Jessica Moore’s research “Plant roots stimulate the decomposition of complex, but not simple, soil carbon” is shortlisted for the 2020 Haldane Prize prize for early career researchers. Here, she talks about her inspiration for the project as well as her experience as a first-generation college student and the importance of a support network.
Recently, there has been a lot of discussion around how roots and microbes interact within the soil matrix due to the importance of their interactions in ecosystem processes and calls for improving predictions of ecosystem responses to global changes. A general question in plant ecology is: to what extent do roots stimulate microbial decomposition of organic matter? There is mixed evidence for facilitation, where it is thought that roots exude simple carbon compounds that alleviate microbial energy limitation. We posit that the evidence is mixed because the effects are often measured in bulk soil. In our paper, we used a rhizosphere model and conducted a field study using stable isotopes to track C decomposition, and we show that roots stimulated microbial decomposition of complex soil carbon but not simple soil carbon.
We hypothesized that root-microbe interactions affect pools of soil carbon differently because decomposition of complex soil carbon demands more microbial energy than decomposition of simple carbon substrates. Clearly plants influence soil microbial activity, but theoretical development of plant-microbe-soil dynamics has not kept pace with empirical research. Here, we directly validated rhizosphere theory by manipulating root access to soil in a forest and measuring soil carbon responses. Using stable isotopes, we showed roots differently affect soil carbon pools. While microbial processes are at the forefront of carbon cycle theory, roots are not explicitly represented in most soil carbon models. We compared modelled hypotheses with explicit root-microbe interactions and varying degrees of microbe-C substrate affinity to the trends observed in our forested field site. This is the first step toward representing roots in carbon cycle models.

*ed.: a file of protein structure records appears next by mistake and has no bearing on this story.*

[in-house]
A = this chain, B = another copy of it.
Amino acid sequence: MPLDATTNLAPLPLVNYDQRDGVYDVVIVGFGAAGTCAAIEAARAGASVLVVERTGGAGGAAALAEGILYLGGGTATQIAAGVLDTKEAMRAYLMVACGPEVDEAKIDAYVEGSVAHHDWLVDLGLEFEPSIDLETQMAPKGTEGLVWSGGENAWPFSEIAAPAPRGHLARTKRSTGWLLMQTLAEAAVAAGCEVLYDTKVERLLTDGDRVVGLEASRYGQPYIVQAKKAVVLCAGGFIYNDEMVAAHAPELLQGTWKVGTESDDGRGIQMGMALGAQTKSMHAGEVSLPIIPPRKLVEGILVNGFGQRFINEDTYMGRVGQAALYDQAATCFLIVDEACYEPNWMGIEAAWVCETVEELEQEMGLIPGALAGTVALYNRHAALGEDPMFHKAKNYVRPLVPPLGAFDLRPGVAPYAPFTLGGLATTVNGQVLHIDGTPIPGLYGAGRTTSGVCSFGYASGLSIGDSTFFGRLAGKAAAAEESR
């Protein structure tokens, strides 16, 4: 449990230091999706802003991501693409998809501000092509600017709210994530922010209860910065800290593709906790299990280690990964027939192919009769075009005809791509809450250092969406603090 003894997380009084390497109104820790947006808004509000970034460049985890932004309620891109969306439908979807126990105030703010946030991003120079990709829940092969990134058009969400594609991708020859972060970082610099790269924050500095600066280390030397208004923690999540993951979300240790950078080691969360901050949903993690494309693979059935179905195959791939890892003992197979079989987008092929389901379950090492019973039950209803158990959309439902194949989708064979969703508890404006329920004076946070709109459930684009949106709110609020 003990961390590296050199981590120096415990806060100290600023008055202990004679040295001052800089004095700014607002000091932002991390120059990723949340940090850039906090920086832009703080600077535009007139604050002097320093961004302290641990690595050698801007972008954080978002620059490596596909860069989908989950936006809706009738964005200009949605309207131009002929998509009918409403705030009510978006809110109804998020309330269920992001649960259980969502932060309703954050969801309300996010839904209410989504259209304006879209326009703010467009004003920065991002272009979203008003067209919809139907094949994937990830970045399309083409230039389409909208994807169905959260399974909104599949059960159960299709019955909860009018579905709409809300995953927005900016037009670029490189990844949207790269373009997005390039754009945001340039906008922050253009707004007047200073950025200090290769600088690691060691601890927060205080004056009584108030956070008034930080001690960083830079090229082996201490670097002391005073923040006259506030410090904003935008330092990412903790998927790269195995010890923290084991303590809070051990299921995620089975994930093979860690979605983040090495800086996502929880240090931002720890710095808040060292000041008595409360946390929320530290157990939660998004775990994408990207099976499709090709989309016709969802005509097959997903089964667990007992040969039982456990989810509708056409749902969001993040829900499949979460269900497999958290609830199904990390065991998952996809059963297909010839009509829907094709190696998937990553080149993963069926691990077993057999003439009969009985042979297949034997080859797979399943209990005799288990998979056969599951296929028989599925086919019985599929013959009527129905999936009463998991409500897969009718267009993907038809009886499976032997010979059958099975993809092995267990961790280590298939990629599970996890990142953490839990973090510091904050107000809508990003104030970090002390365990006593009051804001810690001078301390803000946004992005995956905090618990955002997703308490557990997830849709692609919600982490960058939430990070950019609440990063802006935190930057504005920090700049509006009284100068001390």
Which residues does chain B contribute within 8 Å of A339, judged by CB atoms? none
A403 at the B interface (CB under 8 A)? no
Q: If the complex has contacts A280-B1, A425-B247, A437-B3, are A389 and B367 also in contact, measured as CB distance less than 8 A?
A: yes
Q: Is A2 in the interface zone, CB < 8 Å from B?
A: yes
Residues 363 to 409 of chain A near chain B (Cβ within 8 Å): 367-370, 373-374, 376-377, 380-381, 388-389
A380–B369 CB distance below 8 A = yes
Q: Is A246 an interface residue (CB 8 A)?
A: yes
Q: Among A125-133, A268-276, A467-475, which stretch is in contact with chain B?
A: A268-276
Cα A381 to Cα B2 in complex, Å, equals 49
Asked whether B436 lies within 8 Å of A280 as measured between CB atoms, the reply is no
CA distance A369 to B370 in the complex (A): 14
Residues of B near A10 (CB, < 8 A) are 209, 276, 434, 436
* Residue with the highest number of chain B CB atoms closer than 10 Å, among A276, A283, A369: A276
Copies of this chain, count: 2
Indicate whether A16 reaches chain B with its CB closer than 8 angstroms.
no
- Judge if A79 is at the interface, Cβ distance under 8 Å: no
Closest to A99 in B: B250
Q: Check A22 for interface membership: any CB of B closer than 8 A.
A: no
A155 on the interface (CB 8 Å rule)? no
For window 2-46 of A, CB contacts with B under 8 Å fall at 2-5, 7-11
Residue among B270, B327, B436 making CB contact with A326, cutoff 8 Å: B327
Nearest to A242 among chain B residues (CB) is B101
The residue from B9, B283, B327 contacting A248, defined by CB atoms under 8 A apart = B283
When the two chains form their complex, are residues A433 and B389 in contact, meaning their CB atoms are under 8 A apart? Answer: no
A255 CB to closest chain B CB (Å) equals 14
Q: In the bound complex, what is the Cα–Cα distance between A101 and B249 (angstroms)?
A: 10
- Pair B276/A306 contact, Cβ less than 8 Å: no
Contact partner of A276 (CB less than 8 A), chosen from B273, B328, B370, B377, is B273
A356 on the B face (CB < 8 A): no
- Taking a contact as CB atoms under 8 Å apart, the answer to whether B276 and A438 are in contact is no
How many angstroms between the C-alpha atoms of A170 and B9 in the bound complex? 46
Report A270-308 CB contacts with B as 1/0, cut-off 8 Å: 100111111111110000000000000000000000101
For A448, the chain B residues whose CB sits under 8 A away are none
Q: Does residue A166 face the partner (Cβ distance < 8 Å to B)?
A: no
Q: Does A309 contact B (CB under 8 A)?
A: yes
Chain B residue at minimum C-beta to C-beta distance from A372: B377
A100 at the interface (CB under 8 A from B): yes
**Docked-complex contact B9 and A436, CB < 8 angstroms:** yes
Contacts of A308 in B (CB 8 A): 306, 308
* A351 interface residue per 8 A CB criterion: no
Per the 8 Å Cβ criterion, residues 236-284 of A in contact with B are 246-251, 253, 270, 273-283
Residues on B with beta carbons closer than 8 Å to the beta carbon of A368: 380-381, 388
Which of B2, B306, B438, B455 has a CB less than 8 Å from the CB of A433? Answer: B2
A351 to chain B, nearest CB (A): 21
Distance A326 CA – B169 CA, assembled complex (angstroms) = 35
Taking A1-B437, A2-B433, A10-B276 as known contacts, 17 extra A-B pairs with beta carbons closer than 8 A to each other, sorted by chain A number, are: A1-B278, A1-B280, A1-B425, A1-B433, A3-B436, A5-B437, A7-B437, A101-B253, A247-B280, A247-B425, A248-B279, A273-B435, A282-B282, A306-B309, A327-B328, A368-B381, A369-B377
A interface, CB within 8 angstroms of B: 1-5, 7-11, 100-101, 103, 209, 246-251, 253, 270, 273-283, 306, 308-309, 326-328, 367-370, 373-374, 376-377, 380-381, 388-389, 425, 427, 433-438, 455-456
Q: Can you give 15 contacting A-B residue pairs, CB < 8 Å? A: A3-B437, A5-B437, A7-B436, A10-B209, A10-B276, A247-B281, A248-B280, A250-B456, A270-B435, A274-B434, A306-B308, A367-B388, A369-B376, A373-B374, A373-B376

Significance of the Experiment
Our paper highlighted the critical importance of soil microbes in ecosystem processes for me. The different mesh sizes we used in our root and fungal hyphal exclusion cores likely limited bacteriovore grazers, altered abundance of microbes that can produce antibiotics during interference competition, and modified the playing field for resource competition and facilitation. Although we did not characterize the microbial community in this study, I think that would be an interesting area to explore in a future study. Since this work was completed, I have worked in new experiments and investigated the soil microbiome in more depth. I am especially curious about how the microbiome responds to environmental perturbations. How do soil microbial communities vary in composition and function under global change pressures, and how does that affect ecosystem processes they play a role in? My PhD work was in ecosystem ecology and today I focus on these key ecosystem players – microbes – investigating macro-scale questions by manipulating and measuring at the micro-scale.